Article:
One part of the solution to that problem was to require originators, sellers, packagers, etc., of financial products to retain some of the risk and, thereby, have some “skin in the game.”  Creating this financial self-interest was intended to incentivize them to ensure that the financial product was reasonably sound and was likely to pay off.

Unfortunately, the D.C. Circuit court recently issued an opinion striking down the application of the “risk retention” rule to certain complex securities sold to millions of unsuspecting investors.  In The Loan Syndications and Trading Ass’n v. SEC and Board of Govs., a three-judge panel reversed the district court and held that companies that manage or assemble open-market “collateralized loan obligations” (CLOs) cannot be regarded as “securitizers” under the Dodd-Frank Act.  As a result, the court ruled they do not have to retain any portion of the products created when they bundle the high-risk loans into securities for sale to investors.  In other words, the managers don’t have to keep any “skin in the game.”

The Court latched on to narrow dictionary definitions of the statutory terms used to define a “securitizer” and concluded that CLO managers could not fit within that category and therefore could not be subject to the risk retention requirement.  The Court refused to defer to the agencies in their rulemaking.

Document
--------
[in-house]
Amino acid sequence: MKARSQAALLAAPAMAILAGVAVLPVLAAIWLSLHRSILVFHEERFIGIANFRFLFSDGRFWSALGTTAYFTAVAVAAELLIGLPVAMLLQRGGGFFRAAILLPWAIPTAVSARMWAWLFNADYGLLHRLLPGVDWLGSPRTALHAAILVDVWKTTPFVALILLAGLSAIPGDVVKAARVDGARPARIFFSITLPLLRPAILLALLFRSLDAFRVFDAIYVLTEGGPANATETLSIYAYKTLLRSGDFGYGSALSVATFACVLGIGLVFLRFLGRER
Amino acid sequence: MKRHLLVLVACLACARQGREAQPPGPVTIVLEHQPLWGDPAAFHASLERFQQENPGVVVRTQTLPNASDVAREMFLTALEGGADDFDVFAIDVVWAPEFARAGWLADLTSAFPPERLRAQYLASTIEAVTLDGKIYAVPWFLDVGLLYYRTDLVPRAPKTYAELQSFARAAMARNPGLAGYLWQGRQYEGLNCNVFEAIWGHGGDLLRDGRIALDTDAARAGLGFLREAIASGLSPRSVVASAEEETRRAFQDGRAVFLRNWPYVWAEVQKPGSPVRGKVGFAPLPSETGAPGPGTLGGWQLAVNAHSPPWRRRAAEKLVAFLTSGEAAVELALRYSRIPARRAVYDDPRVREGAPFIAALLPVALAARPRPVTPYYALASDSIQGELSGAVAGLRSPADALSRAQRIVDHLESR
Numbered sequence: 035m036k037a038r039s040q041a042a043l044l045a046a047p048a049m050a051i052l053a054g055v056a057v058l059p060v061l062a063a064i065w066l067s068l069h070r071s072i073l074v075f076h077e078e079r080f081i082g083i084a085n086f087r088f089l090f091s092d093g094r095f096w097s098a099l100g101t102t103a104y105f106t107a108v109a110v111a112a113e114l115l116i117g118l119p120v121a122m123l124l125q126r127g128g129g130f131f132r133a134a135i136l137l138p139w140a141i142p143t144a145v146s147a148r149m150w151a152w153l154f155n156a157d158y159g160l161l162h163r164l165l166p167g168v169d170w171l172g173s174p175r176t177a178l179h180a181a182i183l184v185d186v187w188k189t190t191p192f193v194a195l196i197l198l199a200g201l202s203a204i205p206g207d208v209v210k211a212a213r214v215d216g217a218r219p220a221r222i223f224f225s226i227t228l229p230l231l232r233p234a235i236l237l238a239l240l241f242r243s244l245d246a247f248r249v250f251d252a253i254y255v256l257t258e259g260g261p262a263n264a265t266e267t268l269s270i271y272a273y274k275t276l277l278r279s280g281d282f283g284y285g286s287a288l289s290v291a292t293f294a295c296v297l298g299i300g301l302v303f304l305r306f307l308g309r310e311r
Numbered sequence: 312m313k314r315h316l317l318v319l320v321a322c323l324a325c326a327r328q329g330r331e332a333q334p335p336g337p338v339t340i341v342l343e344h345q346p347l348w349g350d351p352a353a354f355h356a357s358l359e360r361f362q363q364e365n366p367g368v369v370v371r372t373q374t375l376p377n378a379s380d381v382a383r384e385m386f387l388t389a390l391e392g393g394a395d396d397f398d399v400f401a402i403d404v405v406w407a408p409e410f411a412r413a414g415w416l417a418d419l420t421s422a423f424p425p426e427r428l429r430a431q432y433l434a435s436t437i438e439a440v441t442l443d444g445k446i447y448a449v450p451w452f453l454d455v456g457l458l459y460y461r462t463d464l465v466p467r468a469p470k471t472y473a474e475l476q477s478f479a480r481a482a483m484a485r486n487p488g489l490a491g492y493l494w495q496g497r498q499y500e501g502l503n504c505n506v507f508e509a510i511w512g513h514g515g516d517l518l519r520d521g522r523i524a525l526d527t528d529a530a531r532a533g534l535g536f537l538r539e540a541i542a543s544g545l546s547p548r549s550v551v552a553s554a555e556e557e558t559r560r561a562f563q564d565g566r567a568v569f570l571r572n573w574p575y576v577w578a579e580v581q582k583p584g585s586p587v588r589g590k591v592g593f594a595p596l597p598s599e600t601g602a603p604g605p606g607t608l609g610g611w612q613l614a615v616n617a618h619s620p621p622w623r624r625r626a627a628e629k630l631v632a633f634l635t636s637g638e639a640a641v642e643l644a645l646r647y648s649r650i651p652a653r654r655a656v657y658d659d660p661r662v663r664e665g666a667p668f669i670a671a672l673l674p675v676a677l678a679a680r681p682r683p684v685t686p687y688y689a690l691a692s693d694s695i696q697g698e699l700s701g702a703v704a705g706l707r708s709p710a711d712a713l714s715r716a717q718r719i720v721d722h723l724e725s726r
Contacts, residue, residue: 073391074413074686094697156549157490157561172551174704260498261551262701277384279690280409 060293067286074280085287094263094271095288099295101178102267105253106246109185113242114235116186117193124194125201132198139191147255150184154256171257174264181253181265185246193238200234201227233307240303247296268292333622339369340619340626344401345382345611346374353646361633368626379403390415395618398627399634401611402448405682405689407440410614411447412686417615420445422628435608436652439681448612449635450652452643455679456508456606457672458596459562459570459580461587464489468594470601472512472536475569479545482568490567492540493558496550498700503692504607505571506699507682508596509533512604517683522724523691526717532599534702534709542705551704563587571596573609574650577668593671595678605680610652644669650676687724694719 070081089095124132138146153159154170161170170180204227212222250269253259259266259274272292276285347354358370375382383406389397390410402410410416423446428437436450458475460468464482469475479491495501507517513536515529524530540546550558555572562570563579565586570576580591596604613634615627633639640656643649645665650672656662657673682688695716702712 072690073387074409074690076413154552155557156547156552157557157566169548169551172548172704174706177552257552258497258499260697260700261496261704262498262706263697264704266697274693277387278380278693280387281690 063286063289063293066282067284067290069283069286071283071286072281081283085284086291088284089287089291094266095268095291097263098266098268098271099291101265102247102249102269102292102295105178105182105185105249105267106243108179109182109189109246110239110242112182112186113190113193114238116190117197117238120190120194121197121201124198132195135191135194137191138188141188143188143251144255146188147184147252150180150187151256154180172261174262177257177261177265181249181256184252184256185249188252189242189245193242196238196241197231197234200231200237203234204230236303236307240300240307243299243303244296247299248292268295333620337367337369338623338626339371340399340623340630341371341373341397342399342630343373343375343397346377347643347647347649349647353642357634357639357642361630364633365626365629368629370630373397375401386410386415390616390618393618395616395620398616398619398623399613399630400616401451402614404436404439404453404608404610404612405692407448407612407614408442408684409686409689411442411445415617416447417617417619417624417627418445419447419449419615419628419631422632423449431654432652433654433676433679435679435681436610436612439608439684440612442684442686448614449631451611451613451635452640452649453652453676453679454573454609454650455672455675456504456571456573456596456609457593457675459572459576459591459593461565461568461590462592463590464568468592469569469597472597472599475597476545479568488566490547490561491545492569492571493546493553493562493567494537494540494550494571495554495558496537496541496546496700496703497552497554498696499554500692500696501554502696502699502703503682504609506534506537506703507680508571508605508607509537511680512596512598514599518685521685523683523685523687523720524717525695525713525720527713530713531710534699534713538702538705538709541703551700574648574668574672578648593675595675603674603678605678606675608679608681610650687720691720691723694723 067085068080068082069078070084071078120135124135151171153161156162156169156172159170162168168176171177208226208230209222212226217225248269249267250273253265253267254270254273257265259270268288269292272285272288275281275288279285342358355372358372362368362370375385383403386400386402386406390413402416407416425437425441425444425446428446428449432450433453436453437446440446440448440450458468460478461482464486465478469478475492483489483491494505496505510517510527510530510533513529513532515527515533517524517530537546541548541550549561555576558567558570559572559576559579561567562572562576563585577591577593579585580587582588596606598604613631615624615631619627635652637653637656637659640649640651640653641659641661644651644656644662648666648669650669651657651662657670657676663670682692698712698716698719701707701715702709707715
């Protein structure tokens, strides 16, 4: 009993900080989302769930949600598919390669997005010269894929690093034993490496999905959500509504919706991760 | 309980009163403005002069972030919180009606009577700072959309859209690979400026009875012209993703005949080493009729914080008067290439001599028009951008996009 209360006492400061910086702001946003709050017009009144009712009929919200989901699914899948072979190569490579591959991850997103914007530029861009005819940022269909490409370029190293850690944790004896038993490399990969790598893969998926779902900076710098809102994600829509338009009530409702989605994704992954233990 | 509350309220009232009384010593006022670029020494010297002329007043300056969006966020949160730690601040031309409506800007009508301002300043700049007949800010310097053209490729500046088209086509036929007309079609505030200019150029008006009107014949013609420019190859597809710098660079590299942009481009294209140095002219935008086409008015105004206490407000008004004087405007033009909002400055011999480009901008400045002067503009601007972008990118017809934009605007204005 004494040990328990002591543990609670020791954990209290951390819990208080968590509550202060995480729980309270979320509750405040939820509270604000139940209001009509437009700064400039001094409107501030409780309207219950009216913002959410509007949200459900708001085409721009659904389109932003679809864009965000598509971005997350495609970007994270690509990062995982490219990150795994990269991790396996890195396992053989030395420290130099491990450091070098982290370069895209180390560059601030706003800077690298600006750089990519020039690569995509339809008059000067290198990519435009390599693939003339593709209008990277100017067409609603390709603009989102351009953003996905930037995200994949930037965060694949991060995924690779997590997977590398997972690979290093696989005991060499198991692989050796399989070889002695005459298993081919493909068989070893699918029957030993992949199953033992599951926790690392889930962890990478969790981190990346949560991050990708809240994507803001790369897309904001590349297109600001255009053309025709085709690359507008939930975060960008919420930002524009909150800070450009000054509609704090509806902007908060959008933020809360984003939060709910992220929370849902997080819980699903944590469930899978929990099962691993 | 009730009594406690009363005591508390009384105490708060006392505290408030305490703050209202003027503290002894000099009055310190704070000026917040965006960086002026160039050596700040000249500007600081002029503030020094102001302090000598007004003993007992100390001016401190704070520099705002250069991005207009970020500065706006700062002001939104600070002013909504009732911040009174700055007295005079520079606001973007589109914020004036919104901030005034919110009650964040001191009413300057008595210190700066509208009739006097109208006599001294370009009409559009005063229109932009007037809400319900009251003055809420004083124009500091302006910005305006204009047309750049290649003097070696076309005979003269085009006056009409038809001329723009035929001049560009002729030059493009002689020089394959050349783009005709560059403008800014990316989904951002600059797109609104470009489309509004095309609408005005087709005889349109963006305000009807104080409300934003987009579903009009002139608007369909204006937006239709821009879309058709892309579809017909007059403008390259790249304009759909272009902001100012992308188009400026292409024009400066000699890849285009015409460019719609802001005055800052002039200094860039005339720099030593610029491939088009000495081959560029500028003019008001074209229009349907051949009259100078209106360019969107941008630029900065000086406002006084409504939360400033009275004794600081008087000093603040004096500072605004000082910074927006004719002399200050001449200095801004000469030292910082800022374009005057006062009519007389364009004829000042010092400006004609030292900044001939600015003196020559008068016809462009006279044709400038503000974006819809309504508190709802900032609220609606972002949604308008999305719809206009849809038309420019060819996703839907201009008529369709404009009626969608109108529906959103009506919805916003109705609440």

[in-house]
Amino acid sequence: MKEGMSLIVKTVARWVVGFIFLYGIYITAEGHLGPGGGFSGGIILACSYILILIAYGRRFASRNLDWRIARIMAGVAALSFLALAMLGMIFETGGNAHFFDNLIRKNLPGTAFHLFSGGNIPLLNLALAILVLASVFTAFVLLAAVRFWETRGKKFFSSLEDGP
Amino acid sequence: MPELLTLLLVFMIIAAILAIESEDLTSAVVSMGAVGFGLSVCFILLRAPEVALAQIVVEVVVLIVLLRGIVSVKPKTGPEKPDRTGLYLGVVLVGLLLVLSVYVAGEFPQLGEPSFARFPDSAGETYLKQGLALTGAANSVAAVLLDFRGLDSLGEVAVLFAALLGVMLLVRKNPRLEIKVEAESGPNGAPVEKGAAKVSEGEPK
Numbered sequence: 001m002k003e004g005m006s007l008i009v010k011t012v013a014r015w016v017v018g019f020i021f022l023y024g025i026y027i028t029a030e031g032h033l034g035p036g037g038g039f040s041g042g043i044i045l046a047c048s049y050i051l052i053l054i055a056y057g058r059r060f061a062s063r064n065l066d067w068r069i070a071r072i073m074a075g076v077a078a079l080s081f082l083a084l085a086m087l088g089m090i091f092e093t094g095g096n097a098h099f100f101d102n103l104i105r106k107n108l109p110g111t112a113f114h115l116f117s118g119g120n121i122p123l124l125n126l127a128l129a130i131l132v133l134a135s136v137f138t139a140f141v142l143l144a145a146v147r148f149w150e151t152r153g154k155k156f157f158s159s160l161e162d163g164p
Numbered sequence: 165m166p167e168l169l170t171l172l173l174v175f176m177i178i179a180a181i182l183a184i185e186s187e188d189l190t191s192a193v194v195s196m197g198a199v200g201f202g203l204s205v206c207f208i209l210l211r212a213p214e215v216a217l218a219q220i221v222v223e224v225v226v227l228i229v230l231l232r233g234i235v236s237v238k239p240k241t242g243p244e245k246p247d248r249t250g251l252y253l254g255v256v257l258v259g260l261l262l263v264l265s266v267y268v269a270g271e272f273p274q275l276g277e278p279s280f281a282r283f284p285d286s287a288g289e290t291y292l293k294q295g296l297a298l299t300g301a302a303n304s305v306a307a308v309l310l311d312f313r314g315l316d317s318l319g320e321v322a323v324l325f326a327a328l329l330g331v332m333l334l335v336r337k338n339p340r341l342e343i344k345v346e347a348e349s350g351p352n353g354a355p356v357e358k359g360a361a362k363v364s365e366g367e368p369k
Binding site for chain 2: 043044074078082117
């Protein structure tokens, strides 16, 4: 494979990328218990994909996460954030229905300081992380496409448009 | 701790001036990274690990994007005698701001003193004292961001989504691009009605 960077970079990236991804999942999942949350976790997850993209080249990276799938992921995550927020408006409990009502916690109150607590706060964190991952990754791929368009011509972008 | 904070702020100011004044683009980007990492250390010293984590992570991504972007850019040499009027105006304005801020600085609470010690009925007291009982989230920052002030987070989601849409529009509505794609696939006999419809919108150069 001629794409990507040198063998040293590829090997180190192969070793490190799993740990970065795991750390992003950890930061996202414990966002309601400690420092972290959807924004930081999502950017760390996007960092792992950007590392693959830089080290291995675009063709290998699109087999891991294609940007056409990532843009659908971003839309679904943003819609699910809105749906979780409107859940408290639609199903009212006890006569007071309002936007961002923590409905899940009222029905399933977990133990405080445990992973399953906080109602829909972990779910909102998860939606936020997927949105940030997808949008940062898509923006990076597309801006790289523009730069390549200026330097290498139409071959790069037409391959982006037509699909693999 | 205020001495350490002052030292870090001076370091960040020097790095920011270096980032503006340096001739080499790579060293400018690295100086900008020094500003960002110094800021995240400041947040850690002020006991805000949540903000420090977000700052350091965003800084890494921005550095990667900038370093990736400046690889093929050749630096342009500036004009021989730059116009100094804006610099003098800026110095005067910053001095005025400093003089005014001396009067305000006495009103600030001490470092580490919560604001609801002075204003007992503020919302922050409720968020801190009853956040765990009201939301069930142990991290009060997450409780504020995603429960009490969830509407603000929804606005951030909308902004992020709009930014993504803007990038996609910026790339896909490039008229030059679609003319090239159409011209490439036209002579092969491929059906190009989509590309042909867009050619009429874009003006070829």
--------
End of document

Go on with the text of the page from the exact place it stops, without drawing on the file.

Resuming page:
The decision is marked by a number of flaws.  First, the Court discounted other definitions of the statutory terms that clearly support the agencies’ interpretation.  Those plausible, alternative readings of the statute provided ample basis to warrant judicial deference to the agencies’ expert judgment in this case.  Second, the Court seemed to apply a double standard when it comes to the policy implications of the rule.  The Court gave credence to the classic industry fear-mongering about the supposedly adverse market impact of the agencies’ rule.  At the same time, however, the Court swept aside the agencies’ serious concern that exempting CLOs from the risk retention rule would create a huge loophole.  Regrettably, this ruling will have the effect of supplying a blueprint for financial engineers to use in structuring all kinds of products and business arrangements so that they fit into the court-created loophole and evade the risk retention requirement.